When I first started writing longer stories, I thought that writing would always come in the flood that happened whenever I sat to type. I though that a writer who had the gift never lost that gift — that prose would be easy, as it was for me at the time, that writer’s block only happened for a week or two, that I’d never run out of stories to tell and obsess over and perfect.
But for the last three or four years, I haven’t felt that surge to write. I don’t think of myself as a writer any longer because I don’t sit for hours typing away through chapters and chapters of books I’m working on. I struggle to even create blog content that a good writer could consider journalistic. And I have never been a good journalist. Every time I sit to write about life, it becomes less an opportunity to make an interesting story out of every day, and more just a narrative of the sporadic thoughts going through my head at that moment.
So for my birthday, I bought myself a journal, which I have vowed to write in every day as much as I can, whether it’s just one line or a few pages worth of thoughts. I have always believed that the best cure for writer’s block is holding pen to paper, away from the internet and distractions, in a quiet corner of the house where no one can interrupt and all of the cat videos are unreachable. I’ve given myself permission to write absolutely anything in this journal, unlike the books I’ve tried to fill in days past wherein I attempted to stick with a theme, and even if I never end up getting back to that fevered young author that I used to be, at least I will have a place to jot down anything I want to with no worries that someone will be expecting me to finish that thought, publish that book, continue that story. Writing has always been so personal to me. I know that part of the reason the flood slowed to a trickle was that everyone expected (or expects, perhaps) me to put it out in the world for money, and attaching a monetary value to the things that come out of my heart just felt so cold and impersonal. I felt as though there was pressure to write for money, and not for the love of writing. To make a gain from the most intimate thing, the skill I have that has always embodied my heart and imagination and personality. In a sense, I felt as though I was being asked to sell a part of myself. My soul, as it were.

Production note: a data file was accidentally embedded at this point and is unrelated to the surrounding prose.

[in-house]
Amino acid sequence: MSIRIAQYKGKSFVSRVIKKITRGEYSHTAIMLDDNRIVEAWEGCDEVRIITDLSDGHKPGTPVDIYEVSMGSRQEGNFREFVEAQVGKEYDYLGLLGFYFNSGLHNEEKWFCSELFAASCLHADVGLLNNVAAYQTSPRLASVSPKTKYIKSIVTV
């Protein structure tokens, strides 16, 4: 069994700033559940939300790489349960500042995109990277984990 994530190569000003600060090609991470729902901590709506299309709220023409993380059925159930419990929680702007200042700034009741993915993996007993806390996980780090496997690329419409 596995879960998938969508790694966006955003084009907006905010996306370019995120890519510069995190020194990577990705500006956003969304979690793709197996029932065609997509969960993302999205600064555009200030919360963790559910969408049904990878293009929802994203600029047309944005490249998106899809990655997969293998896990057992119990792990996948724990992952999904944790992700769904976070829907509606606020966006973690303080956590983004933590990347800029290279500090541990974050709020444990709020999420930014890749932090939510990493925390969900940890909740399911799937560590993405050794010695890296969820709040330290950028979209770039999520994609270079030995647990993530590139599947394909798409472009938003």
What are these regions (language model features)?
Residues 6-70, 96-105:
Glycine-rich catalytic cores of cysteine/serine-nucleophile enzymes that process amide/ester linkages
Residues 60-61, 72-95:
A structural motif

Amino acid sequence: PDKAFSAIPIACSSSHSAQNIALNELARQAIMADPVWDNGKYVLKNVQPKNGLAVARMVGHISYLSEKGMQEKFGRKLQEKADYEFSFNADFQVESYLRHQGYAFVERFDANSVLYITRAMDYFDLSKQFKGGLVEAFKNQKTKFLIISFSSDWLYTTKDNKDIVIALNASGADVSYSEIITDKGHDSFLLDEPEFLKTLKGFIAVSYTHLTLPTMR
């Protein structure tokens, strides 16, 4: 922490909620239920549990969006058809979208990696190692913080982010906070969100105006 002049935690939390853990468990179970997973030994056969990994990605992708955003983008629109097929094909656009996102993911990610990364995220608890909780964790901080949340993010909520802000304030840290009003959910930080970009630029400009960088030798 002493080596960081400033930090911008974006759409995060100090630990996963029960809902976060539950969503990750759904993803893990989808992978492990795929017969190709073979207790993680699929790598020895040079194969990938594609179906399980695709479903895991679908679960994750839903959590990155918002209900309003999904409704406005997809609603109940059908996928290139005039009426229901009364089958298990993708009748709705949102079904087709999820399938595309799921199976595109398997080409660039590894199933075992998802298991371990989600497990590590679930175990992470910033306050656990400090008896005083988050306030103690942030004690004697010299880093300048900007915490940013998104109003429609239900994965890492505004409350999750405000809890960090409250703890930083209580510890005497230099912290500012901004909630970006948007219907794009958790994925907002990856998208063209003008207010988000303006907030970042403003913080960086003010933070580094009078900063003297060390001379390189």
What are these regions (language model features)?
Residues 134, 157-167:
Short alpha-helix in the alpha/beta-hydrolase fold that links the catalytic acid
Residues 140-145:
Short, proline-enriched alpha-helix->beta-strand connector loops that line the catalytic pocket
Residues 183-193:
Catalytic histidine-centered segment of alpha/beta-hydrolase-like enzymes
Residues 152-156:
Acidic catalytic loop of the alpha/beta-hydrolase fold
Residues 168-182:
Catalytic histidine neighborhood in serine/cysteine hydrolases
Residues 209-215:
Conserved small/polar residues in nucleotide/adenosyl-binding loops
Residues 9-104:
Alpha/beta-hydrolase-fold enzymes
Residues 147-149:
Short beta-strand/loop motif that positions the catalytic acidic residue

It got to a point where I became annoyed any time someone asked when I would publish, any time I received another review urging me to complete a story on Fiction Press, any time I was pressed about what I was writing and when it would be put up for others to read. I started not wanting to write, because these were my stories, and I wanted to share them at my own pace, on my own time.
And perhaps someday I will publish a novel, or a book of poetry, or a short story compilation. But for now, I will keep my writing in the pages of this journal, and perhaps occasionally in the lines of this blog. It’s time for me to reclaim the love of writing, and drop the frustration that rises when I realize I am not the writer I used to be. Instead of trying to be the eager young girl penning fantasies, I need to discover a new identity for the author in my heart.
Maybe this blog is it. Or maybe someday, my novels will be published, on bookshelves here and there, satisfying that small part of me that wants to hold what I write in book form.
I hope you are all having a good week! Happy Thursday!